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Given two matrices $N\times N$ $A,B$, is there some method to solve the matrix equation: $$e^{[A,B]}=A$$ where the symbol $[A,B]$ means the commutator of the two matrices: $[A,B]=AB-BA$?

Thanks in advance.

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If $A, B$ are given the equation is either true or not. What is the unknown? – user20266 Mar 9 '12 at 13:51
Presumably the intention is to aks whether one can find $B$, given a choice of $A$ (perhaps). Note that $A$ must have determinant $1$ to have any chance of doing this because ${ \rm det}( \exp([A,B]) ) = \exp( {\rm trace}([A,B]))$ and $[A,B]$ has trace zero. – Geoff Robinson Mar 9 '12 at 13:58
@Thomas:sorry. I forgot to say $B$ is known and $A$ is the matrix to find – Riccardo.Alestra Mar 9 '12 at 14:02
(Trivial) observation: $A = \mathbb{I}_{N \times N}$ and arbitrary $B$ solve the equation. – Sasha Mar 9 '12 at 14:07
(Minor) observations: The equation is invariant under conjugation, so we may assume that $B$ is in Jordan canonical form. If $B = \mathrm{diag}(\lambda_1, \ldots, \lambda_n)$ and we do not have $\lambda_i-\lambda_j=1$ for any $(i,j)$, then the solution at $A = \mathrm{Id}$ is isolated. – David Speyer Mar 9 '12 at 15:12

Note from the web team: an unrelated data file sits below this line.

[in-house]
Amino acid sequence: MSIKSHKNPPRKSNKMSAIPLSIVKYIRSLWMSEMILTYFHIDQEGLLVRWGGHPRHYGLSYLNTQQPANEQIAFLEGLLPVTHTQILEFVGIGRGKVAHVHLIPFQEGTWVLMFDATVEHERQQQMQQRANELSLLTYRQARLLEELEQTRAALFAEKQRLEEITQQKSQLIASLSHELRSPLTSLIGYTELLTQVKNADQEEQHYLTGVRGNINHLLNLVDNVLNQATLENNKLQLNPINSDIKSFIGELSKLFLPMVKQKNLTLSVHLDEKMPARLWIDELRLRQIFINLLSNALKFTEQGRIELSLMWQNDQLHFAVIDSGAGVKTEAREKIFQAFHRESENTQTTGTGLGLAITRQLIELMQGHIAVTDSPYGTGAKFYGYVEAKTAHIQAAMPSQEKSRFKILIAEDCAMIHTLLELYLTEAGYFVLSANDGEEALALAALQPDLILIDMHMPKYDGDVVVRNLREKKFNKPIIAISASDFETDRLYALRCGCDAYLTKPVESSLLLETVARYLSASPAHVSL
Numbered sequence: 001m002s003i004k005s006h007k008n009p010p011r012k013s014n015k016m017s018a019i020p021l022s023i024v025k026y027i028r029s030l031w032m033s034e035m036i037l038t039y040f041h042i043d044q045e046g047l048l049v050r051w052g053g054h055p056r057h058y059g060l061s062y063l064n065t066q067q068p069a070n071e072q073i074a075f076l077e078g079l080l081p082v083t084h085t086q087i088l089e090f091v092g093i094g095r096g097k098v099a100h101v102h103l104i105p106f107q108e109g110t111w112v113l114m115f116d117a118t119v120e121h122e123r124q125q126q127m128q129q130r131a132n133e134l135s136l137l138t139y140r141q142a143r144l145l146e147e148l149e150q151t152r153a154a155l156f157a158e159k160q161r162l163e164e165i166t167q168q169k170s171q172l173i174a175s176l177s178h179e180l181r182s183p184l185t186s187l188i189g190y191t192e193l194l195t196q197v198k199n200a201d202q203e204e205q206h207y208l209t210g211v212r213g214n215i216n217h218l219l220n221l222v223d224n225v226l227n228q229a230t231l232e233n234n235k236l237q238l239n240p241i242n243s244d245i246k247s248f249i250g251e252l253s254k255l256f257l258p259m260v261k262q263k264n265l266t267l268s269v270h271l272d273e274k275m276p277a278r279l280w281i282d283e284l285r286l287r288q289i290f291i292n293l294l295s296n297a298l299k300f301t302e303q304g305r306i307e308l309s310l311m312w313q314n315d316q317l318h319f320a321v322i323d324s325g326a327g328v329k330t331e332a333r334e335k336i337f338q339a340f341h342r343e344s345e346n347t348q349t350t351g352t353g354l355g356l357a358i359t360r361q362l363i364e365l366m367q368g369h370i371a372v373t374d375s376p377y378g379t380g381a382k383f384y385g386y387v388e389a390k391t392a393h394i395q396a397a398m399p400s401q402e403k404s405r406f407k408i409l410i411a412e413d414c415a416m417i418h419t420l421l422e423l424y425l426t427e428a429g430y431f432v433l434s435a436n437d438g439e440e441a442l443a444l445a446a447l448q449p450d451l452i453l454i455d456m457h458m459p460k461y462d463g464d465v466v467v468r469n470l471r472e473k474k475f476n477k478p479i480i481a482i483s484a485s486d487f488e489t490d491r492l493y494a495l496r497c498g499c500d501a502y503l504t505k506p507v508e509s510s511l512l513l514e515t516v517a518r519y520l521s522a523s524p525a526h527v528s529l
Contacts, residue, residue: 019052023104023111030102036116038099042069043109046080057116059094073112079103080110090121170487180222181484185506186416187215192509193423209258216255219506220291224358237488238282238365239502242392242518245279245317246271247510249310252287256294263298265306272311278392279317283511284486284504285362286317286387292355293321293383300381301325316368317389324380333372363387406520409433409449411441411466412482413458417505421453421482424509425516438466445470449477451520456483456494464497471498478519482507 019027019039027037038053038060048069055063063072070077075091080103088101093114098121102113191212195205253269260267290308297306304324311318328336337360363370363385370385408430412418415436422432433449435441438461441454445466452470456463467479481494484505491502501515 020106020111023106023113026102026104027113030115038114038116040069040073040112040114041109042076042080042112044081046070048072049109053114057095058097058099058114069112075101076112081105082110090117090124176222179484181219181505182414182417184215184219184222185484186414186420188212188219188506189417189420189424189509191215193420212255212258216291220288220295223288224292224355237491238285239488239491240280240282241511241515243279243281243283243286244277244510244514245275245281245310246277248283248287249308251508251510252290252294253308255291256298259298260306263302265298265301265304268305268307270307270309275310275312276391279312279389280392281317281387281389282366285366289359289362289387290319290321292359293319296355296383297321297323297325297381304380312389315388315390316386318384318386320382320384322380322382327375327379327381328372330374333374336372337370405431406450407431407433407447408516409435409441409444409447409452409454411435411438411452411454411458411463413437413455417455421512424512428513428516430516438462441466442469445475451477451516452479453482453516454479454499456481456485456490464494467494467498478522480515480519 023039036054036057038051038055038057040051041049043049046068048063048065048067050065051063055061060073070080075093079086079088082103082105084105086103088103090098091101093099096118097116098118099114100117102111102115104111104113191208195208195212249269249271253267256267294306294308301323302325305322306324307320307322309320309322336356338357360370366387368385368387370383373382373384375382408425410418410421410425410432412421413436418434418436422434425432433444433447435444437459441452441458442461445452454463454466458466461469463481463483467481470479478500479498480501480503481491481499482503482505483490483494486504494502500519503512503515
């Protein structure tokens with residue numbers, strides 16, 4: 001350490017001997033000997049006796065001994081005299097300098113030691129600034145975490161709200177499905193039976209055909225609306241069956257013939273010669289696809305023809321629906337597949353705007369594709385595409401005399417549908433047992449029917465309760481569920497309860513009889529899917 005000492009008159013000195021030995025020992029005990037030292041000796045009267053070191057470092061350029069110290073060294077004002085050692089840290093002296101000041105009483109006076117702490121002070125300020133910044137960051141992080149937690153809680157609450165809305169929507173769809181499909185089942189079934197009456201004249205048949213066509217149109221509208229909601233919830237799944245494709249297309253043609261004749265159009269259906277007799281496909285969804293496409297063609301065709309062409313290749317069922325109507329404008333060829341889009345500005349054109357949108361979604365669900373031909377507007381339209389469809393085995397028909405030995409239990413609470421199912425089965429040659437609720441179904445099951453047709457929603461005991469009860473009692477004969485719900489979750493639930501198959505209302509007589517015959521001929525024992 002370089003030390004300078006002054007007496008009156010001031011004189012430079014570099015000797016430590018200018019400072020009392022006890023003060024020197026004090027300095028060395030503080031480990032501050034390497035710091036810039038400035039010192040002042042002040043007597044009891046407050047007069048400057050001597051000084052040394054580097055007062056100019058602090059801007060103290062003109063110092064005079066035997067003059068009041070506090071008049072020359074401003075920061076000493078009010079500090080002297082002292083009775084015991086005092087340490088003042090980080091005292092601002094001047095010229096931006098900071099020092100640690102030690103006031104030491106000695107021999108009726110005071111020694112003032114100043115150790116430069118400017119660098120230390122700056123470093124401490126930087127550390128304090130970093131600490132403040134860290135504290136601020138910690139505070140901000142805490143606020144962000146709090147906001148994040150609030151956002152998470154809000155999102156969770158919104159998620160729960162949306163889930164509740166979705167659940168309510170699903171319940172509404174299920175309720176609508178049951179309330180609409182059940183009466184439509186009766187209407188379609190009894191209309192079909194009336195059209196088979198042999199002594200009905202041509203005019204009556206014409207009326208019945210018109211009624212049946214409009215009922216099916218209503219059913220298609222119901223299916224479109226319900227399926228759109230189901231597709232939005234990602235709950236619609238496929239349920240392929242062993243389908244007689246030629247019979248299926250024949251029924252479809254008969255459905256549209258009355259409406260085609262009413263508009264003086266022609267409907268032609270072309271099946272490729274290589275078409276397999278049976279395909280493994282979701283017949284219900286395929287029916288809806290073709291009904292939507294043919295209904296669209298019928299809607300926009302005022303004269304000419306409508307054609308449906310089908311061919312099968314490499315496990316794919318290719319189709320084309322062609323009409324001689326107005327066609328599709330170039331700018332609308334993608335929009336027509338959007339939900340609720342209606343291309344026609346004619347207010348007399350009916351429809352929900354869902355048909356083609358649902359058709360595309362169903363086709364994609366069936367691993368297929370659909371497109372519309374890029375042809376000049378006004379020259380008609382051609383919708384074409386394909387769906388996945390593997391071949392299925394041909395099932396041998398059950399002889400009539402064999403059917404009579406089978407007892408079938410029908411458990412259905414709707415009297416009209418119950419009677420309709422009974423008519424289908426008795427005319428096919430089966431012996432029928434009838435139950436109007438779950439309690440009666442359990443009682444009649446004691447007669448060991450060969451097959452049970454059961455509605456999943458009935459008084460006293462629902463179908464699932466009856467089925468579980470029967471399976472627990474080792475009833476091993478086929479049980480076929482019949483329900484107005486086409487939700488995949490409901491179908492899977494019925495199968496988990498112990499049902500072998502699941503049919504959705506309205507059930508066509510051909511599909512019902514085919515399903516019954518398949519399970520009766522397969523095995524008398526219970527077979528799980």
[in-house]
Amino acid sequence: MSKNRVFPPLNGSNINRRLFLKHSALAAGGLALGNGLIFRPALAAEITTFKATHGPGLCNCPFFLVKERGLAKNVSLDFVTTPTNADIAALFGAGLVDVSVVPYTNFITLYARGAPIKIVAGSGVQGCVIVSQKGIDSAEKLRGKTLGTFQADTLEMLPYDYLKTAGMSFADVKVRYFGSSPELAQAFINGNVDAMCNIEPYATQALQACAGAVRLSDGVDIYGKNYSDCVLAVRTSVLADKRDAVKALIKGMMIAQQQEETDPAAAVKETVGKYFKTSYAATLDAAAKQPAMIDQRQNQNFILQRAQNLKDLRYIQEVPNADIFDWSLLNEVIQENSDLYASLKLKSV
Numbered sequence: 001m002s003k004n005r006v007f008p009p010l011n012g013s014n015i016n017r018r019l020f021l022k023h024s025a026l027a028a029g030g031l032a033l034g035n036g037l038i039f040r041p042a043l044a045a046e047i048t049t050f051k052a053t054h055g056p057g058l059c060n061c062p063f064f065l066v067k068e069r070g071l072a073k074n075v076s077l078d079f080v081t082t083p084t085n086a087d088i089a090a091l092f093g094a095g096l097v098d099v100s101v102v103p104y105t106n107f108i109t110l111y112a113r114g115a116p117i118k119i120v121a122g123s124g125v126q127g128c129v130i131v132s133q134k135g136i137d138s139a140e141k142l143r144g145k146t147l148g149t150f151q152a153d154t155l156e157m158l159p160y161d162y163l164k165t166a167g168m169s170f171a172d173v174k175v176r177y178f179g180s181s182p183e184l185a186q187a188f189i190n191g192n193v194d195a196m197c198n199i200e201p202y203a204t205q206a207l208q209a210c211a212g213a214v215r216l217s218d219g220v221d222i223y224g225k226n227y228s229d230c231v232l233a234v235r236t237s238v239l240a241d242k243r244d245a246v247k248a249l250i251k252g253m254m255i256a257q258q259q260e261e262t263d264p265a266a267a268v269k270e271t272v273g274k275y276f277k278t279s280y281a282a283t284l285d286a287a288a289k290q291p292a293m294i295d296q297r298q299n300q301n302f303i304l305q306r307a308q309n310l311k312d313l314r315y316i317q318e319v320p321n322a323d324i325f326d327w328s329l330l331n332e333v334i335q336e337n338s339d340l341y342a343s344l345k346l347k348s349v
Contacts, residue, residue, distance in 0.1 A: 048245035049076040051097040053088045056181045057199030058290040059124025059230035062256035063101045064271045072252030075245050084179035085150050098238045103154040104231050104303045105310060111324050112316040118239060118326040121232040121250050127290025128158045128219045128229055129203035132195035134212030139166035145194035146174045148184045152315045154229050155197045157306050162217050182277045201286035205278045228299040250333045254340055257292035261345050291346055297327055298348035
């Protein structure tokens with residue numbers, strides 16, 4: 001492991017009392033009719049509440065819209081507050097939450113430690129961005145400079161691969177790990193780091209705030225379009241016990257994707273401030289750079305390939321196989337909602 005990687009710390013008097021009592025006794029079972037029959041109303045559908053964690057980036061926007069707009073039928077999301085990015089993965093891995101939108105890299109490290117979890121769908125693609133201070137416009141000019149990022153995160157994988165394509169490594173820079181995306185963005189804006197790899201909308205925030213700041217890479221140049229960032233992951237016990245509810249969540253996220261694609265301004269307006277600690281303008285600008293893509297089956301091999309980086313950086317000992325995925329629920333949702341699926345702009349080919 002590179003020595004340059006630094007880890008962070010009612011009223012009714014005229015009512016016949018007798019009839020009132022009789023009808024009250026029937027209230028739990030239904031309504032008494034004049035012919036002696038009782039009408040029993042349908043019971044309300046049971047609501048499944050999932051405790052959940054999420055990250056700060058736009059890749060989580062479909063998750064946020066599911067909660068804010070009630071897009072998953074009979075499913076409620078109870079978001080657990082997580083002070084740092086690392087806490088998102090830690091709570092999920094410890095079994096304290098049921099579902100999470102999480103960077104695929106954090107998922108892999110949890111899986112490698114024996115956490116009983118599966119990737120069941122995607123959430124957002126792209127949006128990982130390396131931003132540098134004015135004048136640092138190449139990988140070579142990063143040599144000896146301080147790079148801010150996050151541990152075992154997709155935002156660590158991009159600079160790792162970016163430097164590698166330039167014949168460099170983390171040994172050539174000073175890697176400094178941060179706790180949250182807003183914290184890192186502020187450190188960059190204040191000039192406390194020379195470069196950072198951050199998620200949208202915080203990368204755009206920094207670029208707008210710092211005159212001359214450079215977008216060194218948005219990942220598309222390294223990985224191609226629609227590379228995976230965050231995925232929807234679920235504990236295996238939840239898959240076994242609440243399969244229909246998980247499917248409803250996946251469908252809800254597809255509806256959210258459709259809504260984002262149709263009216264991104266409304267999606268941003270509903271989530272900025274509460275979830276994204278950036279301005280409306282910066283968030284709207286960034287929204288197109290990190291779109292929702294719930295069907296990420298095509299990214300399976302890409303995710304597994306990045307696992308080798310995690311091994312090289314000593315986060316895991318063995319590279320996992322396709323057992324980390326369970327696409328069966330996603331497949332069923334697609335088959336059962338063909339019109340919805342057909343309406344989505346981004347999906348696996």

up vote 4 down vote accepted

In the $2 \times 2$ case, the only solutions are when $A = \mathrm{Id}$, and concievably some other solution when $B$ is of the form $\left( \begin{smallmatrix} \lambda & 1 \\ 0 & \lambda \end{smallmatrix} \right)$. (I doubt it, but I didn't check this case.)

Since the problem is unvariant under conjugation, we may assume that $B$ is in Jordan canonical form. Let's do the case where $B$ is diagonalizable: $B = \left( \begin{smallmatrix} \lambda & 0 \\ 0 & \mu \end{smallmatrix} \right)$ and $A = \left( \begin{smallmatrix} w & x \\ y & z \end{smallmatrix} \right)$ then $$[A,B] =(\lambda - \mu) \begin{pmatrix} 0 & - x \\ y & 0 \end{pmatrix} \ \mathrm{and} \ [A,B]^2 = - (\lambda-\mu)^2 xy \ \mathrm{Id}.$$

So $$e^{[A,B]} = \cosh \left( (\lambda-\mu)^2 xy \right) \mathrm{Id} - (\lambda-\mu) \sinh \left( (\lambda-\mu)^2 xy \right) \begin{pmatrix} 0 & -x \\ y & 0 \end{pmatrix}. \quad (\dagger)$$

Comparing off diagonal entries: $$\begin{array}{rl} x =& \phantom{-} (\lambda-\mu) \sinh \left( (\lambda-\mu)^2 xy \right) x \\ y =& - (\lambda-\mu) \sinh \left( (\lambda-\mu)^2 xy \right) y \end{array}$$

These equations are only consistent if at least one of $x$ and $y$ is $0$. In this case, $(\lambda - \mu)xy=0$ so $(\dagger)$ collapses to $e^{[A,B]} = \mathrm{Id}$ and $A=\mathrm{Id}$.

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